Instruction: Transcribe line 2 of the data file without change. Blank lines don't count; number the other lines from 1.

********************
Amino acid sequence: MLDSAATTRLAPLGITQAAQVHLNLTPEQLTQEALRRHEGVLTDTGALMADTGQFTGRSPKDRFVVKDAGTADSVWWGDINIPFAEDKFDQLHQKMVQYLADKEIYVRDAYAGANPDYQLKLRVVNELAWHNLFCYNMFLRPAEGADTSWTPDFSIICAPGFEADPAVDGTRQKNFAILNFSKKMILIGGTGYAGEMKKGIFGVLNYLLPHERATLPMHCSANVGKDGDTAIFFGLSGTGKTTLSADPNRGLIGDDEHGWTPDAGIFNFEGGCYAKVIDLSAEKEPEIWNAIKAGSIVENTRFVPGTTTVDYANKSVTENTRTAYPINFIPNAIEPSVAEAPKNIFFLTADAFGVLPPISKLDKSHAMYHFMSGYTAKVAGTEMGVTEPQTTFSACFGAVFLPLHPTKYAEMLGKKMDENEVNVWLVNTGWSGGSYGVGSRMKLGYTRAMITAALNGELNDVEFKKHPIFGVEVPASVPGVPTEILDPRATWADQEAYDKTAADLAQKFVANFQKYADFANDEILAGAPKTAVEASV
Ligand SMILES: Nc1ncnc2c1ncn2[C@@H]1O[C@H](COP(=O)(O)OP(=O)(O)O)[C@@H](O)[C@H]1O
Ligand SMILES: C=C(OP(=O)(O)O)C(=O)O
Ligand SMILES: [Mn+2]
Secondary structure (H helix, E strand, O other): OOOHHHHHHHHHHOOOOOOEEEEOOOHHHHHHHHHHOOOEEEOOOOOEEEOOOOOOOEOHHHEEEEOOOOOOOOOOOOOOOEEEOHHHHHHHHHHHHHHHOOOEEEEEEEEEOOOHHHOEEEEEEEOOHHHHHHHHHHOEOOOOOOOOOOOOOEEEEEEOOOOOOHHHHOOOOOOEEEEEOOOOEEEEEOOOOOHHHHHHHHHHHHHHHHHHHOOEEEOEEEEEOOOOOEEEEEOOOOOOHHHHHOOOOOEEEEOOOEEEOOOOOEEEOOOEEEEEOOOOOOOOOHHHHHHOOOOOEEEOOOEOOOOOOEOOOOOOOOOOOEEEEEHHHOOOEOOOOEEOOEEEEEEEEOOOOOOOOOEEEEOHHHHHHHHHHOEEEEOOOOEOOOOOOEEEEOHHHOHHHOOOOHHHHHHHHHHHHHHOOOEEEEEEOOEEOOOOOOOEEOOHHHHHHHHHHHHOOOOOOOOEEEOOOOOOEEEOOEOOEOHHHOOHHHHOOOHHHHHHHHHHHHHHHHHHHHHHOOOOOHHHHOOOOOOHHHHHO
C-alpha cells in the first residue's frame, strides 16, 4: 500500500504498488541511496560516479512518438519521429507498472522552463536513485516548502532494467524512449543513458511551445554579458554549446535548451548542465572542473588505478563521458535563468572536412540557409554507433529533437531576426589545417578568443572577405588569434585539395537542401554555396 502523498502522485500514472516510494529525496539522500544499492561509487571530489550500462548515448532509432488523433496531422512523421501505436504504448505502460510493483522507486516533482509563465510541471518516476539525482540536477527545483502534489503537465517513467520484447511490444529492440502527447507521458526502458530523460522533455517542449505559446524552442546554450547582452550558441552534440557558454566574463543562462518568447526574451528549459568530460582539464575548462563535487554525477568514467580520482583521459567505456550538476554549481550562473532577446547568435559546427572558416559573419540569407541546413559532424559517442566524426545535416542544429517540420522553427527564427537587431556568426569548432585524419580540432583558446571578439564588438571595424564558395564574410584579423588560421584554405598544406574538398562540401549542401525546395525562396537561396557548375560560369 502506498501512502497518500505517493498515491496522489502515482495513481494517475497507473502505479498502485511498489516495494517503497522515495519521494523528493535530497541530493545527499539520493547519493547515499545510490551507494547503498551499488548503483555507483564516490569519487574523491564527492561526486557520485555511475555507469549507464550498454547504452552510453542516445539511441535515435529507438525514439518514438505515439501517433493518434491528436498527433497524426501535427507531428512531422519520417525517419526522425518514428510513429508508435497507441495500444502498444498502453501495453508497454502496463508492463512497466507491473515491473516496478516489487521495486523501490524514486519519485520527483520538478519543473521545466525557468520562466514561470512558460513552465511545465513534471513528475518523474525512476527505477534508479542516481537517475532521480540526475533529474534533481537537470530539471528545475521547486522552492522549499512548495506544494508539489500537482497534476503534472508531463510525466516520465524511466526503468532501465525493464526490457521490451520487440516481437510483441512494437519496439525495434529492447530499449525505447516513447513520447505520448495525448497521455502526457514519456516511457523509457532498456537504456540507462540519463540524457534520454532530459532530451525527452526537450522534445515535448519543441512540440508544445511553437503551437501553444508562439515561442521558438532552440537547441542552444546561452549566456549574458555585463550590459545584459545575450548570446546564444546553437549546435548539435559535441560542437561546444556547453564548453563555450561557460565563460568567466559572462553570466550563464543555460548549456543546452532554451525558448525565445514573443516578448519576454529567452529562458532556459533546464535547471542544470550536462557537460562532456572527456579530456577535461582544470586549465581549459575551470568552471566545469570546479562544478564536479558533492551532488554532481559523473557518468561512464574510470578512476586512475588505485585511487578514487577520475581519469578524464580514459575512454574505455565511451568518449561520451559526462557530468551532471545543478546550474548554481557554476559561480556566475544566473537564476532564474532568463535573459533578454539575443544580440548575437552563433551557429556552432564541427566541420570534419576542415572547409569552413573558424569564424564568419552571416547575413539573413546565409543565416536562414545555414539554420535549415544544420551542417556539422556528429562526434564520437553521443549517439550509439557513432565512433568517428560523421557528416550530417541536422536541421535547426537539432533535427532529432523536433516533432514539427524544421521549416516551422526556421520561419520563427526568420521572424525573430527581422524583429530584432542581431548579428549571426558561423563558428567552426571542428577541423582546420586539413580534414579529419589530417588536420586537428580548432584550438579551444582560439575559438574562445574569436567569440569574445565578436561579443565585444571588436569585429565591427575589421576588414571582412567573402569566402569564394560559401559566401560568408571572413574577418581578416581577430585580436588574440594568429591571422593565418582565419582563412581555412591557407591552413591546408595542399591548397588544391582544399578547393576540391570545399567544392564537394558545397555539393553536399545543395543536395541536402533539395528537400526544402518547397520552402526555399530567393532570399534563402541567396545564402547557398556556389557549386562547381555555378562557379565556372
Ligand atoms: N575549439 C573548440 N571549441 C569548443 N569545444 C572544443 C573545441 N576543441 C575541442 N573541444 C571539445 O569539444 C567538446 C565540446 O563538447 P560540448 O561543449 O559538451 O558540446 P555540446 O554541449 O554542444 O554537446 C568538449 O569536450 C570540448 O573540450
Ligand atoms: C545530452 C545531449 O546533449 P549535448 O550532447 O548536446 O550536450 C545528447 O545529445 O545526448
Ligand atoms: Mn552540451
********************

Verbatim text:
Ligand SMILES: Nc1ncnc2c1ncn2[C@@H]1O[C@H](COP(=O)(O)OP(=O)(O)O)[C@@H](O)[C@H]1O